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Accel-NASBench: A Sustainable Benchmark for Accelerator-Aware Neural Architecture Search


Core Concepts
The authors present a technique to efficiently construct a realistic neural architecture search (NAS) benchmark for the large-scale ImageNet2012 dataset, combined with performance metrics for various hardware accelerators including GPUs, TPUs, and FPGAs.
Abstract
The paper addresses the key challenges in constructing NAS benchmarks for large-scale datasets and hardware-aware model search: Dataset Proxies and Sustainability: Existing NAS benchmarks use small datasets like CIFAR-10 or downsampled variants of ImageNet, which do not represent the true complexity of large-scale datasets. The authors propose a method to search for training proxies that can reduce the cost of benchmark construction for ImageNet2012 by significant margins. On-Accelerator Performance: Previous NAS benchmarks use simplified analytical models or proxy datasets to estimate hardware performance, leading to unrealistic evaluations. The authors construct a benchmark that uses end-to-end throughput and latency measurements on real hardware accelerators, including GPUs, TPUs, and FPGAs. The key steps are: Search for a proxified training scheme that maintains architecture rankings relative to a high-fidelity reference scheme, while reducing training cost by 5.6x. Collect datasets of 5.2k randomly sampled architectures on ImageNet2012 using the proxified scheme, along with their performance on various accelerators. Train surrogate models to predict accuracy and on-device performance, achieving high correlation with true values. The authors demonstrate the utility of the constructed benchmark, Accel-NASBench, by performing uni-objective and bi-objective NAS experiments using various optimizers and hardware platforms. The results show that the benchmark can accurately simulate real-world performance and enable the discovery of state-of-the-art models at zero cost.
Stats
The training time of the proxified scheme is approximately 5.6x faster than the reference scheme.
Quotes
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Key Insights Distilled From

by Afzal Ahmad,... at arxiv.org 04-15-2024

https://arxiv.org/pdf/2404.08005.pdf
Accel-NASBench: Sustainable Benchmarking for Accelerator-Aware NAS

Deeper Inquiries

How can the proposed technique be extended to construct benchmarks for other large-scale datasets beyond ImageNet2012

The proposed technique for constructing benchmarks for large-scale datasets, as demonstrated with ImageNet2012, can be extended to other datasets by following a similar methodology. To construct benchmarks for different datasets, researchers can first identify the target dataset and its characteristics. Then, they can adapt the search for training proxies to find a scheme that reduces the training cost while maintaining architecture rankings relative to true evaluation. By collecting datasets for accuracy and on-device performance using the optimized training scheme, researchers can build benchmarks for other large-scale datasets. The key lies in selecting appropriate hyperparameters for the training proxies that balance computational efficiency with accurate emulation of the true evaluation process.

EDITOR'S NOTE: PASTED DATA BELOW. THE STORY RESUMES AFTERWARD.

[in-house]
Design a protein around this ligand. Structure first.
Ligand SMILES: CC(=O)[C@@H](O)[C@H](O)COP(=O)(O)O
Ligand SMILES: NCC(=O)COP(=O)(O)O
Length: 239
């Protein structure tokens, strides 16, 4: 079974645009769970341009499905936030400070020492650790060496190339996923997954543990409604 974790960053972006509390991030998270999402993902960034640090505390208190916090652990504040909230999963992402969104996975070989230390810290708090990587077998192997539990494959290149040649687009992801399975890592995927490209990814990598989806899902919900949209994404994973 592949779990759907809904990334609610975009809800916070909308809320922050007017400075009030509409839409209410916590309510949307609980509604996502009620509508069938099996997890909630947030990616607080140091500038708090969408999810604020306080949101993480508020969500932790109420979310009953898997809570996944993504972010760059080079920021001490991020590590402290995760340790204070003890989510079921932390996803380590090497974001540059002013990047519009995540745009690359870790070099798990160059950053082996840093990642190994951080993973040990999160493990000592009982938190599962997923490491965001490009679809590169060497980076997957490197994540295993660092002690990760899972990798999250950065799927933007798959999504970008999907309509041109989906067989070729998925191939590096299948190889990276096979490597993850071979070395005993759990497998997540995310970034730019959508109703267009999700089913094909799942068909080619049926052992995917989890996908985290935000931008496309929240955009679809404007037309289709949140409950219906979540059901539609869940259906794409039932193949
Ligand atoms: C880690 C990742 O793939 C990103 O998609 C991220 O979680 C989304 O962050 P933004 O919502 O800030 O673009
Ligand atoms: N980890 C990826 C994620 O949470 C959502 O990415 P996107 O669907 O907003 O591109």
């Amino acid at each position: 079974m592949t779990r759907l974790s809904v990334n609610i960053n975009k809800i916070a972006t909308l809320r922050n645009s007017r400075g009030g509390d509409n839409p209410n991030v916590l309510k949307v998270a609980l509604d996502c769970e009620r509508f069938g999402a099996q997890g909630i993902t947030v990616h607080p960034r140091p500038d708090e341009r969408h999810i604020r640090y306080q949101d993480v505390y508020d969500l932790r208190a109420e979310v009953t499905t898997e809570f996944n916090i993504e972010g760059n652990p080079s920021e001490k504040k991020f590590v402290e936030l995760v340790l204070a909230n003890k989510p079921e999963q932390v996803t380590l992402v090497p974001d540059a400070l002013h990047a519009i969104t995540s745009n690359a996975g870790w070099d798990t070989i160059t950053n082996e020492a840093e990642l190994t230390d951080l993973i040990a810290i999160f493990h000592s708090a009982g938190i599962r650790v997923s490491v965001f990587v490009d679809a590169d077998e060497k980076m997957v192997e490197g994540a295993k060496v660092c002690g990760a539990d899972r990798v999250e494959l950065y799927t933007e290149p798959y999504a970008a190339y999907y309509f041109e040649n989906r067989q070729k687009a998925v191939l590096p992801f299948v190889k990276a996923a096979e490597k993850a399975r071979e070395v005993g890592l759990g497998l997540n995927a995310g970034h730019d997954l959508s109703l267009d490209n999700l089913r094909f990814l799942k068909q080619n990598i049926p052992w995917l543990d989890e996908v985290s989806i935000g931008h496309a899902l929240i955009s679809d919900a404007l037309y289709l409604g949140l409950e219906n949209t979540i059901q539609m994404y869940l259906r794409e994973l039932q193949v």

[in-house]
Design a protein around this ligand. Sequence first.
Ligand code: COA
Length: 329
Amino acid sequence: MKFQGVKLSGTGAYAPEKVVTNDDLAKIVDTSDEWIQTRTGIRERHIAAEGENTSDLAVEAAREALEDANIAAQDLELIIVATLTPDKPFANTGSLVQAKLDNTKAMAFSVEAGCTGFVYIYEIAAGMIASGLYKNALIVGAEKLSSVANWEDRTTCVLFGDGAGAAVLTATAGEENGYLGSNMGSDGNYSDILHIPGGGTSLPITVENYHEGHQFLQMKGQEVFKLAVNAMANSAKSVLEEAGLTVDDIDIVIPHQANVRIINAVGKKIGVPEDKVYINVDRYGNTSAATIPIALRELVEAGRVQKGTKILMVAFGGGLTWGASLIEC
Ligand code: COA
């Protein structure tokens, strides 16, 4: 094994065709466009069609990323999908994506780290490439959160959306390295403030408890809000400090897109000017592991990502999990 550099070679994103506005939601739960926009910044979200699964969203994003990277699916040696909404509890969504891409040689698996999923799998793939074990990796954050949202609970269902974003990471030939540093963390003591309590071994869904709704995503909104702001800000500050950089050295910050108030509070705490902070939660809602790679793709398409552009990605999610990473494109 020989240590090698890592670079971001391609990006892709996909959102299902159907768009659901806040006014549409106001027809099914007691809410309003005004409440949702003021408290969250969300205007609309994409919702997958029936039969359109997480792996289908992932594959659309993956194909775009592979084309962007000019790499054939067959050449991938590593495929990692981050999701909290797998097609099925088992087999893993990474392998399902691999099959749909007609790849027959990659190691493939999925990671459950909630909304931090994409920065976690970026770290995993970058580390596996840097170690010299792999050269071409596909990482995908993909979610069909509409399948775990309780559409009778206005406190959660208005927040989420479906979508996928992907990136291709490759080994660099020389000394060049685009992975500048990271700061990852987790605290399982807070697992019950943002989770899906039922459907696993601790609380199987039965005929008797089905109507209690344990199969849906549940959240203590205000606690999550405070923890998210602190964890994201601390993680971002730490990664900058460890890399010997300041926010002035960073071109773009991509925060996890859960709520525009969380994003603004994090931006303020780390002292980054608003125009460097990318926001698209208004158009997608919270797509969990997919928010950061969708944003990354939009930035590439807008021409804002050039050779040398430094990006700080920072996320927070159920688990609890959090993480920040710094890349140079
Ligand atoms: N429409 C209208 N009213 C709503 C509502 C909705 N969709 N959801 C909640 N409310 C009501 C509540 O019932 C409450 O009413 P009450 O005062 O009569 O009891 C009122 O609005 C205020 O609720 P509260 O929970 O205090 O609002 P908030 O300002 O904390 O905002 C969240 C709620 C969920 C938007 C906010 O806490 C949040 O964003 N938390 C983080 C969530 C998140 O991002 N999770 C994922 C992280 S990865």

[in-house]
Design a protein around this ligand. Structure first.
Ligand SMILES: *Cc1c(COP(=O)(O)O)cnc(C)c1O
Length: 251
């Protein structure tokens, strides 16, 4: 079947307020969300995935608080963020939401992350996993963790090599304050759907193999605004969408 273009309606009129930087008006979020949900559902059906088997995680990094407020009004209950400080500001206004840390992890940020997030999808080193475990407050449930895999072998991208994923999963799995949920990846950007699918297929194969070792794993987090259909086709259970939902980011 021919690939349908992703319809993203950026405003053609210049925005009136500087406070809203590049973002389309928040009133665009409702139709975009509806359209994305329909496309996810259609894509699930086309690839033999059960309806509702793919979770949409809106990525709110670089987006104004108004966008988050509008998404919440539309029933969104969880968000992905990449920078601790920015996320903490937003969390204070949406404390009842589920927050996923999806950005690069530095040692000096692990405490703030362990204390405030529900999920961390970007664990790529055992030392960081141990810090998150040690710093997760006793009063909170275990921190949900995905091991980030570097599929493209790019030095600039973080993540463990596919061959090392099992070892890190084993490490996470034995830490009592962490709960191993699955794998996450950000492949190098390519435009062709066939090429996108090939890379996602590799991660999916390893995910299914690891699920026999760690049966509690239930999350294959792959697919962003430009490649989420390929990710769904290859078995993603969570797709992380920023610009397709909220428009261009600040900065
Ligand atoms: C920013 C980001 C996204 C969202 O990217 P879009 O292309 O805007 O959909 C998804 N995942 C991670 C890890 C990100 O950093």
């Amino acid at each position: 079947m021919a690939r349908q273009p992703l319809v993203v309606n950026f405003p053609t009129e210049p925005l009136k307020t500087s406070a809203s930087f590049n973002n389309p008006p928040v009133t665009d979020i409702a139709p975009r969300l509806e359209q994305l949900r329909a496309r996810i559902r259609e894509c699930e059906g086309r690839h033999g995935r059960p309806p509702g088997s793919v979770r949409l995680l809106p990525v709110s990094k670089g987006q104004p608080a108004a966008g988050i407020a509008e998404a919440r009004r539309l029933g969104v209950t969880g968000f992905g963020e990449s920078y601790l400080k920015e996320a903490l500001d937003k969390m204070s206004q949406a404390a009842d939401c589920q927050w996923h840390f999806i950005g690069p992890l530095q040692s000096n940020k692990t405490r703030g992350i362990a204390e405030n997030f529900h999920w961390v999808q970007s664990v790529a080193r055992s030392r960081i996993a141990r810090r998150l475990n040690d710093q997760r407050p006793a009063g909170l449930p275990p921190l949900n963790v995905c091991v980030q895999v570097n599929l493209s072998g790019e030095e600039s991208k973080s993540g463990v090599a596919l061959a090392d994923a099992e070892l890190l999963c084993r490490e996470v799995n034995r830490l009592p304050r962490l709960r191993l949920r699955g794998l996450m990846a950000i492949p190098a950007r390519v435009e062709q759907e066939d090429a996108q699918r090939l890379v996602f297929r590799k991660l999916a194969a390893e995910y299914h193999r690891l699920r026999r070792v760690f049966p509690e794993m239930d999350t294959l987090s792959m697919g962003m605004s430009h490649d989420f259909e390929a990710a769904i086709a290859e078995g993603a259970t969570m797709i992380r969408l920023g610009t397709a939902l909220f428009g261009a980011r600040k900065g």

What are the potential limitations or drawbacks of using training proxies in the context of NAS, and how can they be addressed

While training proxies offer a cost-effective way to construct NAS benchmarks, they come with potential limitations. One drawback is the trade-off between computational efficiency and accuracy. Training proxies may not fully capture the complexities of the true evaluation process, leading to discrepancies in model performance predictions. To address this limitation, researchers can explore more sophisticated training proxy schemes that incorporate additional factors or fine-tune the existing proxies to better emulate the true evaluation. Additionally, conducting thorough validation and sensitivity analyses on the training proxies can help identify and mitigate any biases or inaccuracies introduced by using proxies in NAS benchmark construction.

How can the insights from this work on accelerator-aware NAS be applied to other domains beyond computer vision, such as natural language processing or speech recognition

The insights gained from accelerator-aware NAS, particularly in optimizing models for on-device performance metrics, can be applied to various domains beyond computer vision. In natural language processing (NLP), for example, researchers can leverage similar techniques to design neural network architectures that are optimized for inference speed and efficiency on different hardware platforms. By considering factors such as memory bandwidth, data reuse, and device-specific characteristics, NLP models can be tailored to achieve high performance on a range of accelerators. Similarly, in speech recognition tasks, applying accelerator-aware design principles can lead to the development of models that are not only accurate but also optimized for low-latency inference, making them suitable for real-time applications. By incorporating hardware-specific considerations into the design process, researchers can create efficient and effective models across various domains.
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